Yesterday, the world heard Nature’s voice; and for the first time in a long time, we have sat up and listened. We have shared with each other a potent message on behalf of Mother Nature, as well as some firm reminders of the reliance we have on the biomes (major habitats such as Forests or Rivers) that encompass her; a knowing once so deeply instilled within us, now fading as our connection to Nature is torn apart. Nature’s message has been eloquently presented to us by Conservation International's Nature Is Speaking campaign; an organisation who have been hearing the troubled, haggard whispers of Nature’s struggling biomes long enough to give them bold new voices; offered by an impressive Hollywood A-List. Rightly transformed from what many consider to be gentile, gullible, dull and forgiving landscapes, into very real forces; living entities tired of the needy, weak, egotistical race that is humanity. Living forces that have finally said, “Enough is enough”, fatigued with our ever increasing greed, our short sighted, short minded consumption. Apathetic to our excuses, to our boasting promises of ‘green compensation’; a blackmail forcing Nature, and ourselves, into extinction.
A sense of foreboding lingers in each message; however Mother Nature and her biomes are not portrayed as callous, but are instead shown to offer us one last chance to reconnect with that deep, innate sense of reverence towards the sheer power of Nature, and of our complete reliance upon it. One last chance to make this relationship between humankind and Nature work. One last chance to prove to Nature that we are worthy of sharing this planet with her; humble enough to live alongside her; adept to use her resources sustainably, and bold enough to contend with our own kin for her protection. At the end of Mother Nature’s speech, we are asked if we are prepared to evolve.
Are we? Can we?
Can we, as a species; as the ‘dominant’ species on this planet, reconnect with the consciousness of our natural selves in time to prevent our own extinction, through our impending genocide of the natural world?
How simple is it to make that first step; the connection to our innate ‘natural selves’? Is it as simple as recognising the phenology of Nature, the reincarnation of seasonal phenomena, as discussed in my previous post? Is it as simple as feeling enlivened and unnerved during a thunder storm? As much as we may feel in awe over natural phenomena such as these, how often is it that lucid accounts of our emotional responses to such encounters are shared? How often does a village, town or city community have the opportunity to undertake a shared experience in Nature, and to discover their shared emotional responses to such a communal experience?
Is this what our society is lacking; shared experiences in Nature on a community level? Is this why Nature is often awarded such little interest and respect?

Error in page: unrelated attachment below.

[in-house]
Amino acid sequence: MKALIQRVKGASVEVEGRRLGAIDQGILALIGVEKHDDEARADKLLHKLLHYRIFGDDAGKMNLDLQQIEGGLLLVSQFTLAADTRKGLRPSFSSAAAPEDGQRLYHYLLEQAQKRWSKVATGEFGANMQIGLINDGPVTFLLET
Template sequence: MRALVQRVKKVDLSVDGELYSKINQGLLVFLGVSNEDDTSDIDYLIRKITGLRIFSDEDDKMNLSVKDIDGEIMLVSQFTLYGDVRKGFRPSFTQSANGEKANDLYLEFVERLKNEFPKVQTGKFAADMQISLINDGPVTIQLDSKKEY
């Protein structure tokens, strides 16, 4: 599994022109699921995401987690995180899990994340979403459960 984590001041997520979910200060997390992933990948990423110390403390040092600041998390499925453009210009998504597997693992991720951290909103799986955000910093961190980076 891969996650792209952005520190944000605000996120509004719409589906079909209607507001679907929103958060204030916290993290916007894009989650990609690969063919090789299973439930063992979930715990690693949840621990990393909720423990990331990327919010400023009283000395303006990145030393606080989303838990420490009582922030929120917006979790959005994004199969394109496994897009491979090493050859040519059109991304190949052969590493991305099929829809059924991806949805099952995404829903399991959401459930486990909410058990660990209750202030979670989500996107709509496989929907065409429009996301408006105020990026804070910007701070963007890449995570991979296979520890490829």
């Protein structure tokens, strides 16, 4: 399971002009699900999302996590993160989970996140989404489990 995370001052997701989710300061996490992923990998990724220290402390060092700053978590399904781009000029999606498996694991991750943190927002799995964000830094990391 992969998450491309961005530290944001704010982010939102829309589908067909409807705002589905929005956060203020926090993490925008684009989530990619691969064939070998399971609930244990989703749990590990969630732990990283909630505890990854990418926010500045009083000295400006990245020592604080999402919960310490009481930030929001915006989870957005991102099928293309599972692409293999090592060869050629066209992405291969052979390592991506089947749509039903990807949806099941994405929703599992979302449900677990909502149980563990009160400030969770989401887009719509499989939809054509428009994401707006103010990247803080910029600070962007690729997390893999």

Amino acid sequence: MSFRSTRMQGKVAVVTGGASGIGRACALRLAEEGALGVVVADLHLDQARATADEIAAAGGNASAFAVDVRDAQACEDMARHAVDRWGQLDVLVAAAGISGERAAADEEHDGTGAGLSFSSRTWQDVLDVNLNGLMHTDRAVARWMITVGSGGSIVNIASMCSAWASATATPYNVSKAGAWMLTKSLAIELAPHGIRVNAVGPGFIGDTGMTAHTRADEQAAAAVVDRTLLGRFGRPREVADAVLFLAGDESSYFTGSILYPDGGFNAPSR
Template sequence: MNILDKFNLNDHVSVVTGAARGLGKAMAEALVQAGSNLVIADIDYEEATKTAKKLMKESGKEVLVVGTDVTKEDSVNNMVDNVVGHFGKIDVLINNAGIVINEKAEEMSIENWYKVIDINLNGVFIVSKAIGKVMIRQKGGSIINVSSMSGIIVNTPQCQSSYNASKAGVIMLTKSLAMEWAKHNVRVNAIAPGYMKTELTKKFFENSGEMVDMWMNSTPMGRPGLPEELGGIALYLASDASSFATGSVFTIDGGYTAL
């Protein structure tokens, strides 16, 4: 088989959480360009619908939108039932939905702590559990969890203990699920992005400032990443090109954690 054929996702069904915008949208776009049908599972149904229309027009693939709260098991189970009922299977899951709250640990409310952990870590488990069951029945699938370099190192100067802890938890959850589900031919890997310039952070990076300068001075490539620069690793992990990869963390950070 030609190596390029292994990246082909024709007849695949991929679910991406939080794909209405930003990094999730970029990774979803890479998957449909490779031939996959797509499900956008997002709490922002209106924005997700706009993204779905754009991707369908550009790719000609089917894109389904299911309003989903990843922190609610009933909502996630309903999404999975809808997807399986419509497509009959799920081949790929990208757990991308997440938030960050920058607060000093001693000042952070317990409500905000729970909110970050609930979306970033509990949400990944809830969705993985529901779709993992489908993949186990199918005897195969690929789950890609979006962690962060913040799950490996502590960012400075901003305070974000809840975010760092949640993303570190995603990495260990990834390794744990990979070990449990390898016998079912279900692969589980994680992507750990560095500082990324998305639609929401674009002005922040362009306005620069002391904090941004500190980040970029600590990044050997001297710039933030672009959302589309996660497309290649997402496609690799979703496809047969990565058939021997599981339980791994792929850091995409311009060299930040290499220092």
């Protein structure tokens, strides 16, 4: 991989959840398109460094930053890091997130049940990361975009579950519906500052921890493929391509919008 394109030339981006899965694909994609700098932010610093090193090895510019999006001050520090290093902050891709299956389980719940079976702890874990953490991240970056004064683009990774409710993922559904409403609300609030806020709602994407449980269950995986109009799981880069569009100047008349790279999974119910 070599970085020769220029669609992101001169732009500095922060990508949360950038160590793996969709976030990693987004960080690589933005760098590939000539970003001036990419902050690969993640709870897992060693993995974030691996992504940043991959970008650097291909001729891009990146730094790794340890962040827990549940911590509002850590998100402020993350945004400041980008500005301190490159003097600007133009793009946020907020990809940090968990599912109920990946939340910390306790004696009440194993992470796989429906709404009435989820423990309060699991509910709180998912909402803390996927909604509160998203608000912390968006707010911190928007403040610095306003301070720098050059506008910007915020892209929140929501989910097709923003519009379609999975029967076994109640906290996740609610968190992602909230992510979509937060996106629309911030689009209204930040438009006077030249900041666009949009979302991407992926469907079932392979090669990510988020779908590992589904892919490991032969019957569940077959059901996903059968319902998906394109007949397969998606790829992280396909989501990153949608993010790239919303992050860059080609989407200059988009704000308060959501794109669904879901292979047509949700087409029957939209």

We are a highly social species; we relish in finding new ways to connect with others. However the very word itself; ‘Connect’, has evolved. We cherish technological aids that enable us to ‘connect’ with people on the other side of the planet, who we will never meet. Our hands clasp phones, devices which have adapted the way we communicate with friends and family; enabling us the ‘freedom’ to never have to meet them in the eye.
If we are losing our true connection, our natural connection, to each other in exchange for technology, what chance does Nature have? What chance does this ‘backdrop’ have when images on a 2D screen are considered to be more enthralling than a woodland or a sunset?
Clear night skies provide ideal opportunities for whole communities to share an experience with Nature.
Those of us who already have a lifelong interest in Nature can sometimes fail to understand why others do not share our enthusiasm. However it’s easy to forget that when we are encapsulated in Nature by ourselves, we never feel alone; whereas those less associated with Nature can. As a social species, the thought of being alone, with no technology to entertain us, may be daunting and a little off-putting to some.
So what is the answer? How can we enliven the consciousness of the innate inner ‘wild’ that is lying dormant within so many of us? How we can reignite our connection to Nature?
Perhaps the answer is offering communities; social structures which are already formed, opportunities to have shared experiences in Nature. Experiences where the real forces and wonders of Nature, as have been so well portrayed by Conservation International’s videos, are shared and discussed within a community group; enabling shared emotional memories to be created and developed. Memories which can be reflected upon whenever a member of that group has the instinctive urge to escape outside into their urban wilds alone. Memories which will bring a sense of community back into natural spaces.
I will be exploring opportunities to develop natural spaces, and shared emotional experiences in Nature, within communities in my local area. The Den of Wild Intrigue will of course become home to any progress, downfalls, and smiling muddy faces that arise from these projects.
If you have undertaken projects with a similar focus, and have monitored the results, I’d love to hear from you.